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David Harewood: ‘On stage I played King Lear and Othello – on TV I had three lines. It really upset me’

As he publishes a new memoir, the actor talks about the psychotic episode that changed his life, the lack of opportunities for black actors in Britain and toxic masculinity

David Harewood was 23 when he hit “mental ground zero”. It was spring 1989; he was two years out of London’s Royal Academy of Dramatic Art (Rada) and making his first steps in the industry.

But as a young, black graduate he was caught between wanting to fulfil his potential as an “actor” and navigating expectations placed on him as a “black actor”.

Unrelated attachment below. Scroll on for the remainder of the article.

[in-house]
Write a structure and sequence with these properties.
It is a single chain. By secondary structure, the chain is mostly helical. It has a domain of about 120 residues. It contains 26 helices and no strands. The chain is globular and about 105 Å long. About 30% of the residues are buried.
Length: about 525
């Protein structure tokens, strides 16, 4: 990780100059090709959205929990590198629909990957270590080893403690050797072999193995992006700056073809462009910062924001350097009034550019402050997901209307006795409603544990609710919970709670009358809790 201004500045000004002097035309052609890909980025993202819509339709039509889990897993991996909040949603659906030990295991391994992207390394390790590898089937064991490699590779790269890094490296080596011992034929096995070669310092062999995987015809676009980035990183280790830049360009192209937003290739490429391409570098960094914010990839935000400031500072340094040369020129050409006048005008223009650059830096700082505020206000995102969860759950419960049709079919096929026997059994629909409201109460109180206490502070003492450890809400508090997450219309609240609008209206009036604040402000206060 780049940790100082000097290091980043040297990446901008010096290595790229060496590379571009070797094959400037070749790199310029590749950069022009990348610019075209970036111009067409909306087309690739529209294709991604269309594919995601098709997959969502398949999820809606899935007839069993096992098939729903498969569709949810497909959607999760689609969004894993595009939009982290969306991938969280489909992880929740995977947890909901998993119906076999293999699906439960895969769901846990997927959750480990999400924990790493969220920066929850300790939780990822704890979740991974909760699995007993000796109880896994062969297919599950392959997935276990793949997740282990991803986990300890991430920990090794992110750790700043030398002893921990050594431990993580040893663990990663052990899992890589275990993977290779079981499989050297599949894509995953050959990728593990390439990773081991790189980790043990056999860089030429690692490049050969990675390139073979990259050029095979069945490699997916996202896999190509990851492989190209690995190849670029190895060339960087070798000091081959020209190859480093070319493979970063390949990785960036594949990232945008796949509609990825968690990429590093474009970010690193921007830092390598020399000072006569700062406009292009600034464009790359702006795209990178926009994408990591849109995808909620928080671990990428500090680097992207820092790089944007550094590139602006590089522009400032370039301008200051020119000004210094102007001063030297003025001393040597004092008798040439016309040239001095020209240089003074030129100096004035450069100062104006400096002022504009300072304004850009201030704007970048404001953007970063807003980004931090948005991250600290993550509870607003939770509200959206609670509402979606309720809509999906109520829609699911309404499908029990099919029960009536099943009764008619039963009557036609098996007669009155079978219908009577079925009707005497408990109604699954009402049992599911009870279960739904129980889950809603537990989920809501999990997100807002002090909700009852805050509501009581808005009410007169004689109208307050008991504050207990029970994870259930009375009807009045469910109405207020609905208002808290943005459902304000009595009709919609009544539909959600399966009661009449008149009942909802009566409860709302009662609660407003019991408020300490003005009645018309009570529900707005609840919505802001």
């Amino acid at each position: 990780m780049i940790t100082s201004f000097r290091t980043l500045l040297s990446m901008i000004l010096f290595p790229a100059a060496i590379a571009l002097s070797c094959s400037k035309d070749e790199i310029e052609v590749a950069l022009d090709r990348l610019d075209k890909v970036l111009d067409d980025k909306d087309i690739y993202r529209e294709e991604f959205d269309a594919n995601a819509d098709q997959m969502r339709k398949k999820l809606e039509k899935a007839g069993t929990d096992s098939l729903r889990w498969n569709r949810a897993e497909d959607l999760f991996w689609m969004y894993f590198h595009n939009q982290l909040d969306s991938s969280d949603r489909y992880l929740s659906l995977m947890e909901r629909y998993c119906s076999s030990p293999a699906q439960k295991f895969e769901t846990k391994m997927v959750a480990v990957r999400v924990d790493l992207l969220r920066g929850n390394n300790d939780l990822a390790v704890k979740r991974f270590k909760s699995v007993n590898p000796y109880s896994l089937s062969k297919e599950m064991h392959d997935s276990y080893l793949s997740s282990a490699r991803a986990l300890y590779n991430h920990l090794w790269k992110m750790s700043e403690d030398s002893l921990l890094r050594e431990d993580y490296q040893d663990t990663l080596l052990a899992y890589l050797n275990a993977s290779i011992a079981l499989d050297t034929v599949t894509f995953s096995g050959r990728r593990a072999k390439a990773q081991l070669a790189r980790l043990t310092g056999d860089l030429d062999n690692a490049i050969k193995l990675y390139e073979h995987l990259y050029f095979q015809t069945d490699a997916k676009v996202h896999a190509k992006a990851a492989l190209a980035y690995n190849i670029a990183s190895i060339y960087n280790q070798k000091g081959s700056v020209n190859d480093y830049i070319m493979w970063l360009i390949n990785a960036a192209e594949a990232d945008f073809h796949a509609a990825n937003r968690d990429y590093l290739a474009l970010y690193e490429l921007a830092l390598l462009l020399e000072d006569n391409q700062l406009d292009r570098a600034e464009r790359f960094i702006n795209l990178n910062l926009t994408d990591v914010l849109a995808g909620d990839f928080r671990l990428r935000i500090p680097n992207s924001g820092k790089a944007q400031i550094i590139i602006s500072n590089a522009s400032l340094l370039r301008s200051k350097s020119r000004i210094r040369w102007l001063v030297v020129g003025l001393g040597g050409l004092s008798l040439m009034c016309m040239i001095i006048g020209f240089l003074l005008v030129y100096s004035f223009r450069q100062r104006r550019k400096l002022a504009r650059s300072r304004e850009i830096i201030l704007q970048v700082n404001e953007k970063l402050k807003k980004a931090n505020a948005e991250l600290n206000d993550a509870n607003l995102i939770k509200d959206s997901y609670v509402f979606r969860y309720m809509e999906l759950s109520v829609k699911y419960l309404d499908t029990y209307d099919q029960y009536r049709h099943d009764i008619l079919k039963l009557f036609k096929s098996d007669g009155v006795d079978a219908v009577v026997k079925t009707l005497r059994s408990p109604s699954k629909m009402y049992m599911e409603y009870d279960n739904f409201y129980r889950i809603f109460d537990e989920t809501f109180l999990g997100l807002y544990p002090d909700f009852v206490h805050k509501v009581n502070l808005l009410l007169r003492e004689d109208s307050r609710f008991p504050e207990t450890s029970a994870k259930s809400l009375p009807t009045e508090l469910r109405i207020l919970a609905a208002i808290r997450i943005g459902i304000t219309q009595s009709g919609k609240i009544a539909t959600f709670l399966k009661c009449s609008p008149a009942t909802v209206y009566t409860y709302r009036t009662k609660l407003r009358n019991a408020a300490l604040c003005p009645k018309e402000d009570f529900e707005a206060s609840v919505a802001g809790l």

Harewood’s mind started to spiral as recreational weed smoking collided with difficult and demoralising work experiences where his skin colour preceded his performances; on his professional debut in an all-black production of Romeo and Juliet at Manchester’s Contact Theatre in 1988, one critic said Harewood “looked more like Mike Tyson than Romeo”.


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